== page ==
Credit Report – How Your Credit Score Is Determined

With the many misconceptions about credit score, many people are usually surprised to discover that there’s more than one credit score. Credit scores vary for various reasons, including the company determining the score, the data used in the calculation, and the calculation methods. Credit scores are a strong determinant if you get an auto loan or not. They are provided by three top credit bureaus – Equifax, Experian, and TransUnion. The scores provided by these credit bureaus differ because not all lenders report information to the top three credit scores.

Your credit score is determined by a credit scoring model which examines your consumer credit reports. A score is then assigned to you with the range of 300 to 850 using intricate calculations. FICO is amongst the popular credit scoring models, although VantageScore is a close second. They look out for information that shows that a person is more or less likely to miss out on a payment. A high score indicates that you are more likely to pay off debt than most. Several factors determine your credit score and the type of credit score you will end up with. Below are some of the top factors that determine your credit score; let’s take a look.

Payment History

Your payment history is a huge determinant of your credit score. It is an important category that you shouldn’t take lightly. The scoring models take into consideration payments made on time and late payments. While on-time payments improve your credit scores, late payments can hurt your credit score significantly and affect your chances of getting that auto loan. Another payment history that scoring models take into consideration is public records like bankruptcy.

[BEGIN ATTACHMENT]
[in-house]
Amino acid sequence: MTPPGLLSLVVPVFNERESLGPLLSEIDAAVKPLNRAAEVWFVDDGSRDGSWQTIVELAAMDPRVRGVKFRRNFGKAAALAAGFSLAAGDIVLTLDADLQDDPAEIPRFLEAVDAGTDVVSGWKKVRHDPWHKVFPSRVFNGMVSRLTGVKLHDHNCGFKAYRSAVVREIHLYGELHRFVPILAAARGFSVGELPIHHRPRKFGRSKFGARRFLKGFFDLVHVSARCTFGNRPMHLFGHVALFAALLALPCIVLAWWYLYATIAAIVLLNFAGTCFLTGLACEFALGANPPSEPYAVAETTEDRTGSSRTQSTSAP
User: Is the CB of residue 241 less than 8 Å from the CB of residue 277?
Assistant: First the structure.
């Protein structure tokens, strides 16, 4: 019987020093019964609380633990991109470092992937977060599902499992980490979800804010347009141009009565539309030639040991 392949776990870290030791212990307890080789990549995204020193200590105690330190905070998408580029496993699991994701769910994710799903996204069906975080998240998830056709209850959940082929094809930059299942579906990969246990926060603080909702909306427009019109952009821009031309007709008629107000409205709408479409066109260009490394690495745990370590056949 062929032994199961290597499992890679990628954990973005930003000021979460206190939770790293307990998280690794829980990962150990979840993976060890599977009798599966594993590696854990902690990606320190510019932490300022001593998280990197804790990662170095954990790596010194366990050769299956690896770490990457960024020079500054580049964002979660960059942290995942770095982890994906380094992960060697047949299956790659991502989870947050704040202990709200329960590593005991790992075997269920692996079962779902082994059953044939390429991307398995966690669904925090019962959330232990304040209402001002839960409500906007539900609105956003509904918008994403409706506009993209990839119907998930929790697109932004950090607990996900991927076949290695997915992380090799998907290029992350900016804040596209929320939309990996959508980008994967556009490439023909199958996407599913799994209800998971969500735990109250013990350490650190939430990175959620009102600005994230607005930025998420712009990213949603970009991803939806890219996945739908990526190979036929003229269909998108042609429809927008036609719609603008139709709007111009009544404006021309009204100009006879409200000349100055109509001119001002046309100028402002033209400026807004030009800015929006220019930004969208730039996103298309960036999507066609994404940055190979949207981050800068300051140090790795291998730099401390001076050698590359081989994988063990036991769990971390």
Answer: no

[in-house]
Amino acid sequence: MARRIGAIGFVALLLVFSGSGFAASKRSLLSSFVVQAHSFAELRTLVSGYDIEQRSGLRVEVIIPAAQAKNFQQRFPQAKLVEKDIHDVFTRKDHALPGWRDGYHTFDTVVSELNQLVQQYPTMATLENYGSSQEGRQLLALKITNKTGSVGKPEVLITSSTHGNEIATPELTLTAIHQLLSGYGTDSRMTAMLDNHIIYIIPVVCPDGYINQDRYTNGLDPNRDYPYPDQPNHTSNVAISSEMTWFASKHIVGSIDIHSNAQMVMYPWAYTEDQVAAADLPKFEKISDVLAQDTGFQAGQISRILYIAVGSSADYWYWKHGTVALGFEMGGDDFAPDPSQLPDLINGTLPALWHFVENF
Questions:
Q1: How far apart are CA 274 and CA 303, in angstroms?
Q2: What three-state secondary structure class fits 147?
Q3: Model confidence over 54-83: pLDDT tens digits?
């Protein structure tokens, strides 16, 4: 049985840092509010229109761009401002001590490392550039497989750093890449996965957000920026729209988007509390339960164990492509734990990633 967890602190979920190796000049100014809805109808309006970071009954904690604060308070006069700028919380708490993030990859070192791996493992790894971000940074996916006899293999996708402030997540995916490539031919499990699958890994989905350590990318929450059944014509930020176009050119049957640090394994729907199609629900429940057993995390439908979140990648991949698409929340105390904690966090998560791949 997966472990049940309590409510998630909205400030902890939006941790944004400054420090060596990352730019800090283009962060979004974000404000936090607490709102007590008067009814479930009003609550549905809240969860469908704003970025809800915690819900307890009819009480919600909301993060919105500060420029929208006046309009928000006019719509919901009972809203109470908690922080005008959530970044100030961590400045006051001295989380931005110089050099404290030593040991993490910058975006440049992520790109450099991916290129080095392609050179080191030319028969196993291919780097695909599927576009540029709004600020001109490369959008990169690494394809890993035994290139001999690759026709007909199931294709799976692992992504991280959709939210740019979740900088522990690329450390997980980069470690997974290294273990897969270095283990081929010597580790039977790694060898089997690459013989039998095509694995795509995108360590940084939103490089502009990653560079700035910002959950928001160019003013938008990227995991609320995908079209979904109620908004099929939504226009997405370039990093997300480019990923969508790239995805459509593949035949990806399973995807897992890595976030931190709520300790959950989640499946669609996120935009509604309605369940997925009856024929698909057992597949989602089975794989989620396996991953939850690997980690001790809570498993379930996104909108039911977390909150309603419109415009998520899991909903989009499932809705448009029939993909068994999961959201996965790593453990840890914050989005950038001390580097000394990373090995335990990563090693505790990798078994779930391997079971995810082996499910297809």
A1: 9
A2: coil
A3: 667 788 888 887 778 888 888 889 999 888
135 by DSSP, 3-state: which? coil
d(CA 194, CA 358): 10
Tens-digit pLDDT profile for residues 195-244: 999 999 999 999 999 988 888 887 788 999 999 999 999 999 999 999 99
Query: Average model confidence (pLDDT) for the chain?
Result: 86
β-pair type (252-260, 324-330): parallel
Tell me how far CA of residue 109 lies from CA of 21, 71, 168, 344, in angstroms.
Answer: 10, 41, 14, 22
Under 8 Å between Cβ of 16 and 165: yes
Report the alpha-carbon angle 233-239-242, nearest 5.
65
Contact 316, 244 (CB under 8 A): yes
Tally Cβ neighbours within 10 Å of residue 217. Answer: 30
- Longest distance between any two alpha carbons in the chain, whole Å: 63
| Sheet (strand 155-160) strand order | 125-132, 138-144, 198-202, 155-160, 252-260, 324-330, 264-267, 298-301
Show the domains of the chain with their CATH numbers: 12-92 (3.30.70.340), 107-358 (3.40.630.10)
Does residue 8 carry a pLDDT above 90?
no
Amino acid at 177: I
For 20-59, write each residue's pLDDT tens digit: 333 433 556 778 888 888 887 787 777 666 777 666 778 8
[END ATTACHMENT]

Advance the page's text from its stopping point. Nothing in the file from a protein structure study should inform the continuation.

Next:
Credit Usage

This factor is just as essential and comes in right after payment history. How much you owe and how many of your accounts have balances determines your credit score. This spot is where credit utilization comes into play. Your current balance is compared with the credit limits on your credit card to determine your credit utilization ratio. Scoring models check out the credit utilization ratio of all your account. That is why it is best to keep the rate under 30%. Anything above 50% could hurt your credit score and hurt your chances of an auto loan.

Credit History Duration

When your credit file shows that you’ve been successfully managing your credit accounts for several years, it could improve your credit score. These models look at your oldest account, new accounts, and the average age of all your accounts. Although there’s no shortcut to building a lengthy credit history, closing a credit card account in good standing will help your credit score for up to 10 years.

Recent Activity on Credit

Although this isn’t as important as the others, some steps could affect your credit score. One of these is a hard inquiry carried out by a lender when you apply for an auto loan or other types of loan. A hard inquiry on your credit can reduce your credit score by just a few points, but it is noteworthy that credit scoring models know that shopping for loans doesn’t mean you’re risky. This scenario is apparent when you apply for preapproval for five different auto loans to determine the best rate. That doesn’t mean you’re taking more than one auto loan; they’re counted as a single inquiry.


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